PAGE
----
The 81-year-old Rangel was fully possessed of his raspy voice and general humor, despite a back injury that hasn’t fully healed. The Congressman did not stand at all during the entire public appearance.
Today’s press conference, almost three months in advance of a June 26th Democratic congressional primary in which he is expected to face a serious challenge from Dominican-American State Sen. Adriano Espaillat, was designed to help allay fears about his physical well-being.
Rangel, in a red tie and white shirt cuffs monogrammed with the initials “CBR,” sat in a swivel chair in front of a podium during the small business seminar, and rifled through a binder with a U.S. Presidential seal on it.
For the press conference, his aides placed a table in front of his chair for reporters’ microphones, ensuring the Congressman would not have to stand to take questions.
“I’ll be out there,” Rangel said, in response to questions about how his health would impact the campaign.
Doctors, he implied, “they have their own timetable.”
“And they had this darn thing that was supposed to be over. What it is, is I’ve never had a backache in my life, but if you’re not nice to me I’ll put you on a list and wish you one. Because what happened was, at a certain age, all of us have the cartridge(sic) that separates the spinal disc and they wear out,” Rangel said.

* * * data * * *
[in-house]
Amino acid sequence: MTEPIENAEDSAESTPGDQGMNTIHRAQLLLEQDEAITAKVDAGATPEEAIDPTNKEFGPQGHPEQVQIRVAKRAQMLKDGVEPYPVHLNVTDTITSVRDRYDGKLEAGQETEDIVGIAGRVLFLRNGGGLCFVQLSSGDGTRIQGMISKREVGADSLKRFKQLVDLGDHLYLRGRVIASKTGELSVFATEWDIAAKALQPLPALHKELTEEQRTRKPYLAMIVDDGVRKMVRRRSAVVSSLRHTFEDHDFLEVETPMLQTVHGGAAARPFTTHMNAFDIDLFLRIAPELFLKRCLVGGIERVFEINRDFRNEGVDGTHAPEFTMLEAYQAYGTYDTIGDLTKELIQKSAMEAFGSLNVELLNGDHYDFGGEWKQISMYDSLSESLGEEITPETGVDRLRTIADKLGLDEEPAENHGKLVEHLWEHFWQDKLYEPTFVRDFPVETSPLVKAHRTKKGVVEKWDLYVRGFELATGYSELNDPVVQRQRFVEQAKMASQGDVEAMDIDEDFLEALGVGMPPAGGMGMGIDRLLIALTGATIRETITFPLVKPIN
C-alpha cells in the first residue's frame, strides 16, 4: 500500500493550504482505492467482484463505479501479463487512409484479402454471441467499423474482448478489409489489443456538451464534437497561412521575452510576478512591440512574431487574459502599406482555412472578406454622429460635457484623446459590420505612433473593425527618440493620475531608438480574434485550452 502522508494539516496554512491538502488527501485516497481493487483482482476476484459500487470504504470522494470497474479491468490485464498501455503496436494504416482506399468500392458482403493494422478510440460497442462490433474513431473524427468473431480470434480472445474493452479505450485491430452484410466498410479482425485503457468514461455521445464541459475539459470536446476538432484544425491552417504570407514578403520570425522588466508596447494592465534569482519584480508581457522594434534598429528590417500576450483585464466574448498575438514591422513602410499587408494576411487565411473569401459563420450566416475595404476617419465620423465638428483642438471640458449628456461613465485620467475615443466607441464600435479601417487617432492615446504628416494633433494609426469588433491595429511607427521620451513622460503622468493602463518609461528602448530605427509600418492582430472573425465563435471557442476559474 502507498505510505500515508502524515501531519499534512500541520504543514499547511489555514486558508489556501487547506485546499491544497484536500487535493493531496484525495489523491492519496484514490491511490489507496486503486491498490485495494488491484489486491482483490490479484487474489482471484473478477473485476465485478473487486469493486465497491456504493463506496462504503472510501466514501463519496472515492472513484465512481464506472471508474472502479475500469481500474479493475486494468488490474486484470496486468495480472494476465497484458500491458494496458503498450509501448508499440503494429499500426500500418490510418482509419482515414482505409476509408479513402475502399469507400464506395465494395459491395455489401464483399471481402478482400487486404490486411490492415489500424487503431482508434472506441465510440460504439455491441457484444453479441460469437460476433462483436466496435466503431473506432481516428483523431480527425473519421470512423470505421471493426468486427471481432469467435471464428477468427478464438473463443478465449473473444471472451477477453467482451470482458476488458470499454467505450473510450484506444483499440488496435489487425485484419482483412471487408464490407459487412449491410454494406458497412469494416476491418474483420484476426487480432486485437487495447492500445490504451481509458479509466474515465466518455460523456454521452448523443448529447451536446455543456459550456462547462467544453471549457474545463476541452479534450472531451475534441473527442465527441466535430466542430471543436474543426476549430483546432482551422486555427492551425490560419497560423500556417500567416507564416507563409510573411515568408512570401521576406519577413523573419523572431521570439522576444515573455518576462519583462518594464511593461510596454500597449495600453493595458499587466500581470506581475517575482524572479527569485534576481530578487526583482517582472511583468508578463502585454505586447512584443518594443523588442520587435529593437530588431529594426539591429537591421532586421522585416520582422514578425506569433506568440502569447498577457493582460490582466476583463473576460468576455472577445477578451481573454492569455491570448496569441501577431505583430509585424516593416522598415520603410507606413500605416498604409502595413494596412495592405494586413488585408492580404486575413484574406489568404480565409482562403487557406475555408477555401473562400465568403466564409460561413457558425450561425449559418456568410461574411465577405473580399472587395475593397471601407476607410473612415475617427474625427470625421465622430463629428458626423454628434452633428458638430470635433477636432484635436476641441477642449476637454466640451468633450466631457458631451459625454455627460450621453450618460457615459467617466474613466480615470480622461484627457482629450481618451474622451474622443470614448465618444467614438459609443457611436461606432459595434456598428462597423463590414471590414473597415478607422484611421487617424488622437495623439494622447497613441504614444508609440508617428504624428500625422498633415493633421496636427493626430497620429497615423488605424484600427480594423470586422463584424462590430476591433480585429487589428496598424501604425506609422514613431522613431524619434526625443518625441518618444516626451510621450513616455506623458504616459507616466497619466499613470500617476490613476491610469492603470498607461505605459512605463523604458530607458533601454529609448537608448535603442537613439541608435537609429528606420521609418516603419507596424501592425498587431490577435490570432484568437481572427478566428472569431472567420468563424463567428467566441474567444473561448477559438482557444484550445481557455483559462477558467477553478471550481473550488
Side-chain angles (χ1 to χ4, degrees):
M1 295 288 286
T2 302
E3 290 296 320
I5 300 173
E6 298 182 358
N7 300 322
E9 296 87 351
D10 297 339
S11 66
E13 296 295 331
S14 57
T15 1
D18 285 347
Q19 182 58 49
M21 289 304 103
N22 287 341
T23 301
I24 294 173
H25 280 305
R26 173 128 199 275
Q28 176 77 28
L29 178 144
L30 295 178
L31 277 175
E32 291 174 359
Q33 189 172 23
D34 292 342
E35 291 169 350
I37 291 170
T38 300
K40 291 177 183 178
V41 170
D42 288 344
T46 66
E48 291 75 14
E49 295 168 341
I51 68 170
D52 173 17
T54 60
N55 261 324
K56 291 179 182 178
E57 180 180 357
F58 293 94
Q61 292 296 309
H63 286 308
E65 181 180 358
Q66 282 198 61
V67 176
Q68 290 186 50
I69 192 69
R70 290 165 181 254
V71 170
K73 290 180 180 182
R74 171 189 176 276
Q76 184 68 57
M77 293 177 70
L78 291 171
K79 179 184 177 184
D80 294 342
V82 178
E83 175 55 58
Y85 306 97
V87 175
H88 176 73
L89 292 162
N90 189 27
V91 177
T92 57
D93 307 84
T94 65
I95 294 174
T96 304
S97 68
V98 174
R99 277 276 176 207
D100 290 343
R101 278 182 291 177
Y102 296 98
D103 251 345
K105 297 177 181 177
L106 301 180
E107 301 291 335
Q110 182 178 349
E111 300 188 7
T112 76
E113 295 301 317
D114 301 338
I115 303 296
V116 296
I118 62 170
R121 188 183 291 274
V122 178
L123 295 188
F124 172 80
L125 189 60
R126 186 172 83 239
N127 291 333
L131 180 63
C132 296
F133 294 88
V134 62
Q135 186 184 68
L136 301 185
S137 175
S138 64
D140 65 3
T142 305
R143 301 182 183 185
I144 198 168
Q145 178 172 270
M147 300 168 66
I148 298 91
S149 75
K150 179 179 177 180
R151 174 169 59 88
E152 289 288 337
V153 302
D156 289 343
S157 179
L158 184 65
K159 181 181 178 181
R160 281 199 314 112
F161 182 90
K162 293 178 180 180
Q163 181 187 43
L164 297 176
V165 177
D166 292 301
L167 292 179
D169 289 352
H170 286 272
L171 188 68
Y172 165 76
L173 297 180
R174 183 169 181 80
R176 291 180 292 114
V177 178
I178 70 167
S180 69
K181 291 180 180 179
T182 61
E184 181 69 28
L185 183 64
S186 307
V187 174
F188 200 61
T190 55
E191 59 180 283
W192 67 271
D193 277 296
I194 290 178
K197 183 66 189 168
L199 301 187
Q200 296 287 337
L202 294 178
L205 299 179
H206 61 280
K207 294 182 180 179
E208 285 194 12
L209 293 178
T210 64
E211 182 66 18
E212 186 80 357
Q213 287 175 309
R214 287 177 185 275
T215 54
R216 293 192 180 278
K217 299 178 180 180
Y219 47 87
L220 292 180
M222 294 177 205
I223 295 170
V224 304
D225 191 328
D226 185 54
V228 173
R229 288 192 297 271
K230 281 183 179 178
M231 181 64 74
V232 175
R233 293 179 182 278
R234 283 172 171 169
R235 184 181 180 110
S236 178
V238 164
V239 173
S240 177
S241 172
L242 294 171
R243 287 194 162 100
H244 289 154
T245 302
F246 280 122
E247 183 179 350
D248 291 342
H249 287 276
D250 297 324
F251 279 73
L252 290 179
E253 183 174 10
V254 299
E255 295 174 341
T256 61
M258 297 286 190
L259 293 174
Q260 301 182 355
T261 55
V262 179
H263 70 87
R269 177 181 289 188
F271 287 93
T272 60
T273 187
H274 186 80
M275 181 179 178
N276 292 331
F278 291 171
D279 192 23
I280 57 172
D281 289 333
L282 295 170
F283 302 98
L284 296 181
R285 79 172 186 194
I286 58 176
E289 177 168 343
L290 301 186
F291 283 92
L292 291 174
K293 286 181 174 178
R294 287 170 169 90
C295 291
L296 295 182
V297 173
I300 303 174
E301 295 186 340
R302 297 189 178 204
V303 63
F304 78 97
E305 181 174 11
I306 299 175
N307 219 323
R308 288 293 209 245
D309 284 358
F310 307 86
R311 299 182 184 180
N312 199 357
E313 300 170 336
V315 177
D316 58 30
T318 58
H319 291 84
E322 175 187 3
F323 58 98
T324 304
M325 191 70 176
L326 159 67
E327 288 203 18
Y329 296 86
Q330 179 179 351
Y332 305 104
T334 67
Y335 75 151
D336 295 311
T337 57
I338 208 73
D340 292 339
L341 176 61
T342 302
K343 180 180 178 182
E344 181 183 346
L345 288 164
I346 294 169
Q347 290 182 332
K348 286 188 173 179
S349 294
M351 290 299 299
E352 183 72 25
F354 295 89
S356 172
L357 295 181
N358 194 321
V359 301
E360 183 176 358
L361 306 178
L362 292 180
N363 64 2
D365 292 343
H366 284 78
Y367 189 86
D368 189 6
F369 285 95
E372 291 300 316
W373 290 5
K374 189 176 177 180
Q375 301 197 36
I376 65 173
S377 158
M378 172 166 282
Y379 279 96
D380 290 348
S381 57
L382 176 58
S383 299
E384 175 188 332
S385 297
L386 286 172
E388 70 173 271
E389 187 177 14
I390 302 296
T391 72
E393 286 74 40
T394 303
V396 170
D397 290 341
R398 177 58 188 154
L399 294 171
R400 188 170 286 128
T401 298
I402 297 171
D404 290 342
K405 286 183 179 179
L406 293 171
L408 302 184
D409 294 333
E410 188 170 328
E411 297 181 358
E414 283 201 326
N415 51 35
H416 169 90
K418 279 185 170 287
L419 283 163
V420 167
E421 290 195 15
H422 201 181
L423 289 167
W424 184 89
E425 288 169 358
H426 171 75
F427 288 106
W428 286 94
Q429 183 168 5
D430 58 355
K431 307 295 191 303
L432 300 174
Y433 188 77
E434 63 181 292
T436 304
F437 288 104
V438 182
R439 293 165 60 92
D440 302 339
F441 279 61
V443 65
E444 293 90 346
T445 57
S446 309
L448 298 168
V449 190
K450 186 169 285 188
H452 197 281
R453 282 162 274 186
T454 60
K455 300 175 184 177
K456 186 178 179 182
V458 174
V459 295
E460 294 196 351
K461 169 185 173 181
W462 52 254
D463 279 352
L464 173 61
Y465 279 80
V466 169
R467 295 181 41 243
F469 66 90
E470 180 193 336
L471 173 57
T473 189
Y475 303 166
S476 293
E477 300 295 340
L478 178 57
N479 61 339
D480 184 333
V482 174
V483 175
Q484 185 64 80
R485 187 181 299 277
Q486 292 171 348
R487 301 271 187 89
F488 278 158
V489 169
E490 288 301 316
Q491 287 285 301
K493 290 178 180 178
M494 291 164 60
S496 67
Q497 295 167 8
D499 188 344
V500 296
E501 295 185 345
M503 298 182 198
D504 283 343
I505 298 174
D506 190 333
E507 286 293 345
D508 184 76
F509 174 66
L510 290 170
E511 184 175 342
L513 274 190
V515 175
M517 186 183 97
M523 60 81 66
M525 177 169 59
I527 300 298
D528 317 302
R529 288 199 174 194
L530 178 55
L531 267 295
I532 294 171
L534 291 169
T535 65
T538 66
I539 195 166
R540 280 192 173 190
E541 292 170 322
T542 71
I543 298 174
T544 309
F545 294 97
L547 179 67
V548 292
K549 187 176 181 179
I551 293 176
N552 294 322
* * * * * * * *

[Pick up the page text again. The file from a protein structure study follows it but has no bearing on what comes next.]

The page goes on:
“Well, I had no idea, and had no pain coming from that, but one of the viruses found out it was vulnerable and bang! It went in there, and we thought we’d gotten it all out, so they went back in there and so now, I’m all beaten up on by antibiotics. But no, they’re certain that I’ll be up and around and enjoying the campaign.”
Rangel’s mention of a virus gives context to what had previously been reported as an injury sustained while moving furniture, but a campaign spokesman couldn’t say exactly what Rangel had been diagnosed with or what virus he’d contracted.
Health questions dispensed with, Rangel moved on to Espaillat. The senator’s primary challenge was understandable, Rangel said.
“In terms of the campaign, well, I guess if you really want to set out as to what you think is wrong with government and you have a case to be made, then, every two years that what the elections are all about,” he said, describing Espaillat’s candidacy as an inevitable side effect of the democratic process.
“I certainly have to be sympathetic to any person or group of people that believe that their particular culture, language or background should be in the Congress, and the City Council and I’ve always supported that because that’s what America is all about,” he said.
A reporter asked, “On the campaign some people see this as the first time you have a pretty strong opponent in the form of Adriano Espaillat. Is that a fair assessment?”
“Yes it is.” Rangel said.
“You think he’s pretty strong?” the reporter asked.
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